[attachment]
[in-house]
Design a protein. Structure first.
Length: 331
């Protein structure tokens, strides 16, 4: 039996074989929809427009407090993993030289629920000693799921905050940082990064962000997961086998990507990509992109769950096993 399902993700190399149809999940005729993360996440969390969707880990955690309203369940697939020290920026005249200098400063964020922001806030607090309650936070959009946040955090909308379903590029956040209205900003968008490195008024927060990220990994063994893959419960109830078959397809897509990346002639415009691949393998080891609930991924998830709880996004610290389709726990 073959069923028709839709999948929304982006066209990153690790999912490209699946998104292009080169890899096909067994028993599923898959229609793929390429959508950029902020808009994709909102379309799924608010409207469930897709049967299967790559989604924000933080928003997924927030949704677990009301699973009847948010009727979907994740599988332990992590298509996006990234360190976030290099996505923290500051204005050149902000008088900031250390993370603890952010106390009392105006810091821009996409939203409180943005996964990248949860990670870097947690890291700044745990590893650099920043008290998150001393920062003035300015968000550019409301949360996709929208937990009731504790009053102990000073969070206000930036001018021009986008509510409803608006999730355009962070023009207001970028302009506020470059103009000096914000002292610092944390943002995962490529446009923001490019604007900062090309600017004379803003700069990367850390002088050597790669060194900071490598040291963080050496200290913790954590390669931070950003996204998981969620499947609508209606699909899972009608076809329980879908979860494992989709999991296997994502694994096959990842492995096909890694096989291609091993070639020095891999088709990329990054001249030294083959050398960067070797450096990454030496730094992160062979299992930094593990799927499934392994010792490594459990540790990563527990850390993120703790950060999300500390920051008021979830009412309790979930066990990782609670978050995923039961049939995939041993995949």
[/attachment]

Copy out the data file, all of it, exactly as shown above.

[in-house]
Design a protein. Structure first.
Length: 331
């Protein structure tokens, strides 16, 4: 039996074989929809427009407090993993030289629920000693799921905050940082990064962000997961086998990507990509992109769950096993 399902993700190399149809999940005729993360996440969390969707880990955690309203369940697939020290920026005249200098400063964020922001806030607090309650936070959009946040955090909308379903590029956040209205900003968008490195008024927060990220990994063994893959419960109830078959397809897509990346002639415009691949393998080891609930991924998830709880996004610290389709726990 073959069923028709839709999948929304982006066209990153690790999912490209699946998104292009080169890899096909067994028993599923898959229609793929390429959508950029902020808009994709909102379309799924608010409207469930897709049967299967790559989604924000933080928003997924927030949704677990009301699973009847948010009727979907994740599988332990992590298509996006990234360190976030290099996505923290500051204005050149902000008088900031250390993370603890952010106390009392105006810091821009996409939203409180943005996964990248949860990670870097947690890291700044745990590893650099920043008290998150001393920062003035300015968000550019409301949360996709929208937990009731504790009053102990000073969070206000930036001018021009986008509510409803608006999730355009962070023009207001970028302009506020470059103009000096914000002292610092944390943002995962490529446009923001490019604007900062090309600017004379803003700069990367850390002088050597790669060194900071490598040291963080050496200290913790954590390669931070950003996204998981969620499947609508209606699909899972009608076809329980879908979860494992989709999991296997994502694994096959990842492995096909890694096989291609091993070639020095891999088709990329990054001249030294083959050398960067070797450096990454030496730094992160062979299992930094593990799927499934392994010792490594459990540790990563527990850390993120703790950060999300500390920051008021979830009412309790979930066990990782609670978050995923039961049939995939041993995949």